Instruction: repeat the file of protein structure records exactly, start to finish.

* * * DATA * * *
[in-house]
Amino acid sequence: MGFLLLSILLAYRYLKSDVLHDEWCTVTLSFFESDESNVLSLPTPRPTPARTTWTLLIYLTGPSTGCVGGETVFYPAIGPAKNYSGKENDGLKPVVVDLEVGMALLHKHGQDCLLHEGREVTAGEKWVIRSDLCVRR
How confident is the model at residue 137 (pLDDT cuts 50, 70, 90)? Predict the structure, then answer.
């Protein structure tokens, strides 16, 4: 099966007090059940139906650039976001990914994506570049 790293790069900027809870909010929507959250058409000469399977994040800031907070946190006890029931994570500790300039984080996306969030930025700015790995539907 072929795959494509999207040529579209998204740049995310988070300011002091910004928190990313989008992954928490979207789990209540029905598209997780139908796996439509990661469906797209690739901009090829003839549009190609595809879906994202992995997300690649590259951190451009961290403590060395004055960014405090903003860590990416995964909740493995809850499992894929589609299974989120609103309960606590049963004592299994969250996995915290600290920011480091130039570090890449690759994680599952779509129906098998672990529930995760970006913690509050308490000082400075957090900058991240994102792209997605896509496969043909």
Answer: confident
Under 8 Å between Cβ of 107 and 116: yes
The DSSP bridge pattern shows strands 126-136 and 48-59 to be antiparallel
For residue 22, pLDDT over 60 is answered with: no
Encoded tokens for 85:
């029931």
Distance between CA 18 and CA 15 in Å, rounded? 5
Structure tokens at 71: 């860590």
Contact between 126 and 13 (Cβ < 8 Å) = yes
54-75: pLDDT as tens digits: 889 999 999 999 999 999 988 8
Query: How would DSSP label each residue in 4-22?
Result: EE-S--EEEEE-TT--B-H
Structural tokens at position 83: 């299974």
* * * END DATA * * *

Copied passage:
[in-house]
Amino acid sequence: MGFLLLSILLAYRYLKSDVLHDEWCTVTLSFFESDESNVLSLPTPRPTPARTTWTLLIYLTGPSTGCVGGETVFYPAIGPAKNYSGKENDGLKPVVVDLEVGMALLHKHGQDCLLHEGREVTAGEKWVIRSDLCVRR
How confident is the model at residue 137 (pLDDT cuts 50, 70, 90)? Predict the structure, then answer.
């Protein structure tokens, strides 16, 4: 099966007090059940139906650039976001990914994506570049 790293790069900027809870909010929507959250058409000469399977994040800031907070946190006890029931994570500790300039984080996306969030930025700015790995539907 072929795959494509999207040529579209998204740049995310988070300011002091910004928190990313989008992954928490979207789990209540029905598209997780139908796996439509990661469906797209690739901009090829003839549009190609595809879906994202992995997300690649590259951190451009961290403590060395004055960014405090903003860590990416995964909740493995809850499992894929589609299974989120609103309960606590049963004592299994969250996995915290600290920011480091130039570090890449690759994680599952779509129906098998672990529930995760970006913690509050308490000082400075957090900058991240994102792209997605896509496969043909």
Answer: confident
Under 8 Å between Cβ of 107 and 116: yes
The DSSP bridge pattern shows strands 126-136 and 48-59 to be antiparallel
For residue 22, pLDDT over 60 is answered with: no
Encoded tokens for 85:
């029931």
Distance between CA 18 and CA 15 in Å, rounded? 5
Structure tokens at 71: 């860590």
Contact between 126 and 13 (Cβ < 8 Å) = yes
54-75: pLDDT as tens digits: 889 999 999 999 999 999 988 8
Query: How would DSSP label each residue in 4-22?
Result: EE-S--EEEEE-TT--B-H
Structural tokens at position 83: 């299974």